‘Detroit’ offends Detroit

September 5, 2017

From the September-October 2017 issue of News & Letters

Detroit—The movie Detroit is disappointing. The title is so vague as to be offensive and meaningless. Is this Detroit then, now, forever? No, it’s specifically about the massacre at the Algiers Motel during the 1967 rebellion. A Black youth partying there thought it would be funny to fire a starter pistol at the cops outside. The result: in trying to unearth a sniper’s gun, Detroit police terrorized Black kids, executed three 17-year-old boys, and were cleared of all charges in 1969 by an all-white jury.


detroit_movie_posterDetroit begins as an historical docudrama, presenting in detail the police raid on the illegal nightclub on 12th Street on July 23. The next section hammers away at crowds of Black people engaging in destruction, shouting down leaders like Congressman John Conyers. Shattering glass, the roar of fire, sirens, looting are filmed for what seems like hours. A police officer shoots and kills an unarmed Black youth in the back. He is charged with murder by his lieutenant but remains on active duty.

The overall impression is that gratuitous violence—white, Black, citizen, police officer—is treated equally and voyeuristically by the movie. Footage portrays looters as ignorant Black buffoons. There is only the briefest glimpse of a white looter, which gives mere lip service to the underplayed fact that whites and Blacks looted together.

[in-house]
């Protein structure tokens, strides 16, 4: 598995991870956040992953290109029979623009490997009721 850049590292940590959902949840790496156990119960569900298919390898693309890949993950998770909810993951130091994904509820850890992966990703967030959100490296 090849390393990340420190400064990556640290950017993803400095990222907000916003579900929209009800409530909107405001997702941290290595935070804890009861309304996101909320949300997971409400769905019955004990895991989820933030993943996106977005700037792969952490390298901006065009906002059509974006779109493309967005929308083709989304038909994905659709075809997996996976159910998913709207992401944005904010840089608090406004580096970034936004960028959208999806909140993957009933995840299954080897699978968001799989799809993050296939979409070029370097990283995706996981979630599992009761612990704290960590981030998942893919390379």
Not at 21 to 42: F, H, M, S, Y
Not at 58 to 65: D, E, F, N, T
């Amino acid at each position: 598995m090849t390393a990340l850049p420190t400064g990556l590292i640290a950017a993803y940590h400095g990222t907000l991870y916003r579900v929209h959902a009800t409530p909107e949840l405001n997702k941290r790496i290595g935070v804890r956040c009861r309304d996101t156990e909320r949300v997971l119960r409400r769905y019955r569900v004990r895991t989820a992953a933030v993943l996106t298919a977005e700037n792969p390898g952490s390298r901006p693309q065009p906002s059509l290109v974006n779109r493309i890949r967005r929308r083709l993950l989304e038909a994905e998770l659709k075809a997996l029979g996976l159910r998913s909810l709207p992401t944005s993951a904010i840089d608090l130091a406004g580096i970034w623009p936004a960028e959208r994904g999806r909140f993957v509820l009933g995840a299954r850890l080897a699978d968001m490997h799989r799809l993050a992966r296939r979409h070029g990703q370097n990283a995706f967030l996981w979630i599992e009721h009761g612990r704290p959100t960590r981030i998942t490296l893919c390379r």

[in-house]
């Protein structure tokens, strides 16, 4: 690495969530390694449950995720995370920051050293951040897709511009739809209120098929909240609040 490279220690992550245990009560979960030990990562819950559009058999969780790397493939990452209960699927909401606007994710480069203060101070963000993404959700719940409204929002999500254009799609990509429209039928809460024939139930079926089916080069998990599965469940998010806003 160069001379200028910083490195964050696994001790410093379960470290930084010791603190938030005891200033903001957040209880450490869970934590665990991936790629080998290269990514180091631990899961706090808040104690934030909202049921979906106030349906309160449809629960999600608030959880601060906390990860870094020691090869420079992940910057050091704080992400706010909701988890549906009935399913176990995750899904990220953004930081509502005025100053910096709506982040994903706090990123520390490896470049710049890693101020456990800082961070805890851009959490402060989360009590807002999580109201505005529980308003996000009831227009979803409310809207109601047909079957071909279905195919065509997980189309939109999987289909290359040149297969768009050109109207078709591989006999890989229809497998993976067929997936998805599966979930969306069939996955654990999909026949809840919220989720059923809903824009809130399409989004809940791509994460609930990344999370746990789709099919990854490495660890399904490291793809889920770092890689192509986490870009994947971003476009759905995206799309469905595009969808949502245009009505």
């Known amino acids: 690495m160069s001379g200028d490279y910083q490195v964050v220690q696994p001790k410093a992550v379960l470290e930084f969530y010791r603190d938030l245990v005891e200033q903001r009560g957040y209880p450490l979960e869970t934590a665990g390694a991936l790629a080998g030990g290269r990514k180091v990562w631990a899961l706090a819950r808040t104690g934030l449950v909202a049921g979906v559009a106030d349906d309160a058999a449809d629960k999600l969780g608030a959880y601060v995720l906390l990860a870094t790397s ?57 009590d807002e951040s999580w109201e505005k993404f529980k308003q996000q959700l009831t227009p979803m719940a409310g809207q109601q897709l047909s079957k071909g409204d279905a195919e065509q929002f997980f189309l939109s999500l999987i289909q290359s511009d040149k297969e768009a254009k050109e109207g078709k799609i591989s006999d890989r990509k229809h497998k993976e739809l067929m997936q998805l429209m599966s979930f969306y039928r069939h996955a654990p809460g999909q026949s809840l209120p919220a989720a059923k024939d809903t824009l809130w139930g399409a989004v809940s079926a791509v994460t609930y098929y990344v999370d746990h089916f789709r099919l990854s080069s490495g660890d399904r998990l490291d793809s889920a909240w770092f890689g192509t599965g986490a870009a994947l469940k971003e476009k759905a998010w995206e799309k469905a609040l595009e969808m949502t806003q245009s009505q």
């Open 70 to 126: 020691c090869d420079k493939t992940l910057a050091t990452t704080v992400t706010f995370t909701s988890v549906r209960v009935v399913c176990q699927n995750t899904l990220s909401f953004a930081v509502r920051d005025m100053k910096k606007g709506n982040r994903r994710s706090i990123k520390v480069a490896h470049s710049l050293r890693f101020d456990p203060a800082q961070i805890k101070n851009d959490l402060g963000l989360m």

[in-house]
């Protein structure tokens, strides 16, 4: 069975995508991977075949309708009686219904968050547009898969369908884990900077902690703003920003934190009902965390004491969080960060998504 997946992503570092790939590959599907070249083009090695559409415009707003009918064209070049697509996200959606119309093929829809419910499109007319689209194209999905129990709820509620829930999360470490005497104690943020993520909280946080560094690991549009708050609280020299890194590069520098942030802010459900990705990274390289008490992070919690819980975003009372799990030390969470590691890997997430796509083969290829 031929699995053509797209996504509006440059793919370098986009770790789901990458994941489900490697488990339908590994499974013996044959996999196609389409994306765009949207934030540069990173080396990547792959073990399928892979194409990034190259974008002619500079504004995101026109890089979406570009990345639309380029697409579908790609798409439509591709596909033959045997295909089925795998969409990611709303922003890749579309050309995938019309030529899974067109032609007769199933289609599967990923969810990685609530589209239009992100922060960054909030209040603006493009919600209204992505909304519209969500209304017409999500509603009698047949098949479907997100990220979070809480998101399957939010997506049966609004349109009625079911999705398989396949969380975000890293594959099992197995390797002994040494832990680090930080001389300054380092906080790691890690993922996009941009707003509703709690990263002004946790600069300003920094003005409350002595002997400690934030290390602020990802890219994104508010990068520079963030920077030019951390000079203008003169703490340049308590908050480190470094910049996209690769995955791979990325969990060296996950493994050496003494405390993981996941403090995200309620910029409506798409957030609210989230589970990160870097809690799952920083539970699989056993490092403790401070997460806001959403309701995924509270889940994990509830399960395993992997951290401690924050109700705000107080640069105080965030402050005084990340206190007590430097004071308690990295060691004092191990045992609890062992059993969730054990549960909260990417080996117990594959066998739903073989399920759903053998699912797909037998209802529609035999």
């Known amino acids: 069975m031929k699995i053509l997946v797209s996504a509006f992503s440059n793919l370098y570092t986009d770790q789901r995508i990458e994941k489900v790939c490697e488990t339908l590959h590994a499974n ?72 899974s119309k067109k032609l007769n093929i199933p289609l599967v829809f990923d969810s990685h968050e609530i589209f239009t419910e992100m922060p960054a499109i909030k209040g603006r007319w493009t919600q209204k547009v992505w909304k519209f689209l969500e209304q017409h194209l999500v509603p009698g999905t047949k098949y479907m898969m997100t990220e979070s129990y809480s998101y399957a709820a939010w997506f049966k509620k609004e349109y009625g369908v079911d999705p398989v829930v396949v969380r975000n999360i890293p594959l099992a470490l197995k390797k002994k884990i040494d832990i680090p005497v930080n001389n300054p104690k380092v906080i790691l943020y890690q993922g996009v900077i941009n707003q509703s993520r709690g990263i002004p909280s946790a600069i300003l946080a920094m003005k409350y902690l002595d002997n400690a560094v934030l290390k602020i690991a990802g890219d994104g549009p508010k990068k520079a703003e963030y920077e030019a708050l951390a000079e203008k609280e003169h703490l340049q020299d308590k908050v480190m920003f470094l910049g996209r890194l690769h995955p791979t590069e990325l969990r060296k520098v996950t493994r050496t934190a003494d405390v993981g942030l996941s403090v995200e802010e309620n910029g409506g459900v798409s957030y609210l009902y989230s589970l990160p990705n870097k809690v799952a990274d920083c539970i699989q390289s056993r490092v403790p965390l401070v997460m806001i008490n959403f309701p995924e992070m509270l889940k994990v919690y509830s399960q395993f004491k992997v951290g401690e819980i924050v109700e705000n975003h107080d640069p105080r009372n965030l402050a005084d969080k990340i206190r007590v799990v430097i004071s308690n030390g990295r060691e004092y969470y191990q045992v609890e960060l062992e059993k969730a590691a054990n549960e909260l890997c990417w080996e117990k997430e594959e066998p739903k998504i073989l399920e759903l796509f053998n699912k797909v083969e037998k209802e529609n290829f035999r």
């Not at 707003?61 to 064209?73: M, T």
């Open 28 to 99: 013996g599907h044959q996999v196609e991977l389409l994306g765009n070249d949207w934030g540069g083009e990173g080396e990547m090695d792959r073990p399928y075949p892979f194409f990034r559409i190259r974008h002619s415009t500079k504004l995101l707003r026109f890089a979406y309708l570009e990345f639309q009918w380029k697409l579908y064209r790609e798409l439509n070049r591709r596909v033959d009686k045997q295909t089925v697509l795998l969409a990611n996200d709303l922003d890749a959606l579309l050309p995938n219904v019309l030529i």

John Boyega plays security guard Melvin Dismukes beautifully, but the film does not allow Boyega to portray the conflict Dismukes must have felt as a Black law enforcement professional witnessing the horrific brutality of the white Detroit Police Department officers at the Algiers Motel.


The promising career of Larry Cleveland Reed, the lead teenaged singer for the Dramatics, was completely derailed as he is caught up in the night of torture at the Algiers and witnesses his best friend Fred murdered. The Vietnam paratrooper Greene alienates the courtroom in a furious outburst, raging against questions that seem to put him on trial instead of the white officer who tormented him.

The questioning going on now in the city of Detroit and the fight to stop fascism worldwide demand a search for meaning in our history, no matter how unpleasant. What was real at that time that now seems unimportant? What was dismissed and denied that is still all too real today? Ultimately this movie is an action flick set in Detroit, using Detroit as entertainment. Should a movie be expected to be more than entertainment? Yes, if it is based on actual events. Otherwise it is a brilliantly filmed wasted opportunity to heal our social wounds.

—Susan Van Gelder

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